Abstract

1. The intravenous administration of killed typhoid organisms to dogs results in the development of a severe leukopenia which is followed by a marked leukocytosis.

2. The myelopoietic response of dogs to typhoid injections is quite similar to the response following leukopheresis.

3. Leukocyte DNA-P32 studies indicate that in response to typhoid stimulation, as with leukopheresis, the bone marrow constitutes the main reservoir for granulocytes contributing to peripheral blood leukocytosis.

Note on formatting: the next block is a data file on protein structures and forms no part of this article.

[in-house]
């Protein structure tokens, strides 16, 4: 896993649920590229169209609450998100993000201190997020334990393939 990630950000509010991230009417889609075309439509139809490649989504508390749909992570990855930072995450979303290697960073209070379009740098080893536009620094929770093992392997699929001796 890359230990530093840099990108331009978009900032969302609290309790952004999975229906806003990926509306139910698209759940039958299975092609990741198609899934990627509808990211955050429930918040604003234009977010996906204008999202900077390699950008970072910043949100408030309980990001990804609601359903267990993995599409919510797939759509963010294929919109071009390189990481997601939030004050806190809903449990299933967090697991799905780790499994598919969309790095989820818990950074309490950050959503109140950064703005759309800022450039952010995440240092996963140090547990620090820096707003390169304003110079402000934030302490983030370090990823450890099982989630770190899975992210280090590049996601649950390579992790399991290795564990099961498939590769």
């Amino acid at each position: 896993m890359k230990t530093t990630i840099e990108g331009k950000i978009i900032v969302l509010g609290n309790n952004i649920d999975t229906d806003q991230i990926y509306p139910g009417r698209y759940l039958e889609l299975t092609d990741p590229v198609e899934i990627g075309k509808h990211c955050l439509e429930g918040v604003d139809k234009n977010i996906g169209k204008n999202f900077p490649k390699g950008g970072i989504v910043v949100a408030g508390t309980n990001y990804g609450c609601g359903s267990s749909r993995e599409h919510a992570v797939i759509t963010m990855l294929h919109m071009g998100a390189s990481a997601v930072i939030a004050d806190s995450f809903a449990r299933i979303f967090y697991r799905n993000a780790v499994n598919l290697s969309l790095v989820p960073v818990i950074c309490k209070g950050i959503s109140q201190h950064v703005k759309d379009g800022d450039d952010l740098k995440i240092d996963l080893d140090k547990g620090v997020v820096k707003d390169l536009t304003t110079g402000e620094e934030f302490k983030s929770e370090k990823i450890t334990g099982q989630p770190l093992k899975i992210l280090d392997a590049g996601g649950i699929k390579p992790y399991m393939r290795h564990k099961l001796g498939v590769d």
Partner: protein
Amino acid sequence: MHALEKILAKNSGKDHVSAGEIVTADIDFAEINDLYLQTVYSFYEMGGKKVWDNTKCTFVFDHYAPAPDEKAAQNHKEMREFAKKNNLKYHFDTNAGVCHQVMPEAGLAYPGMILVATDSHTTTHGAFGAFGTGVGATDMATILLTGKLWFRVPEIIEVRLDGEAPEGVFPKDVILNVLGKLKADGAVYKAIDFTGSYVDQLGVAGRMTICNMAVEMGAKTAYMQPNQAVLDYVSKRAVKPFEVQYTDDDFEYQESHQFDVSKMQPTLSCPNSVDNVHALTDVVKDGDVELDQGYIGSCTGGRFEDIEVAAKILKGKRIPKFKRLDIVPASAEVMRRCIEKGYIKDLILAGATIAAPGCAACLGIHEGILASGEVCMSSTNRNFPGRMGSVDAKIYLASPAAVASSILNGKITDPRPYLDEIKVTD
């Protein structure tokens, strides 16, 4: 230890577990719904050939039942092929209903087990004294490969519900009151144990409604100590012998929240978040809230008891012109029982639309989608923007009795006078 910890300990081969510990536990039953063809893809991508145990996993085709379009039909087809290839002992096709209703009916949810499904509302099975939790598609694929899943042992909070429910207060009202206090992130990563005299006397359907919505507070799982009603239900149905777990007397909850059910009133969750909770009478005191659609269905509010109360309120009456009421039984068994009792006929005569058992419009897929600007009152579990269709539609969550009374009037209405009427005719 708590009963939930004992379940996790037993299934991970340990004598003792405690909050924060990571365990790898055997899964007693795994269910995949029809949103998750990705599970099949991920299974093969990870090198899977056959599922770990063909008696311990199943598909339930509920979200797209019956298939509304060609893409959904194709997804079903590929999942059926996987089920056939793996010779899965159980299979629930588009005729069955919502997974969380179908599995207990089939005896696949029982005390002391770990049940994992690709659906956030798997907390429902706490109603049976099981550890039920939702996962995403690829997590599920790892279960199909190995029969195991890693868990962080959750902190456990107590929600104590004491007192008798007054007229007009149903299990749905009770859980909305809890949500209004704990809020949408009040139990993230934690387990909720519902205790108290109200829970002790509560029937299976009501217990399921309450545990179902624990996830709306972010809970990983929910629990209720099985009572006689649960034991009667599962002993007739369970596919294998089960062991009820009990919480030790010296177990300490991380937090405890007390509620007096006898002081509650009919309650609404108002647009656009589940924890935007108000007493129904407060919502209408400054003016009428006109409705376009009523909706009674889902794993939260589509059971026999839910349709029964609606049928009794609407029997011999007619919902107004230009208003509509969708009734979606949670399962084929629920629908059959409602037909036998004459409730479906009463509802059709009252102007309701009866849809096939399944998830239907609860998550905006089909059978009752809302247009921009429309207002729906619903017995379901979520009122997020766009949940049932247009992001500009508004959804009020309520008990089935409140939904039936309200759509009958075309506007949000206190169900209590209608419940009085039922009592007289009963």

4. Evidence is presented that, under these experimental conditions, leukocytes, after once having left the vascular tree, are unable to re-enter in any significant numbers.

5. The use of typhoid vaccine to stimulate leukocytosis combined with the use of P32 to measure the fate of cells released from the marrow is presented as an accurate and reasonably simple method to measure certain aspects of myelopoiesis in the experimental animal.

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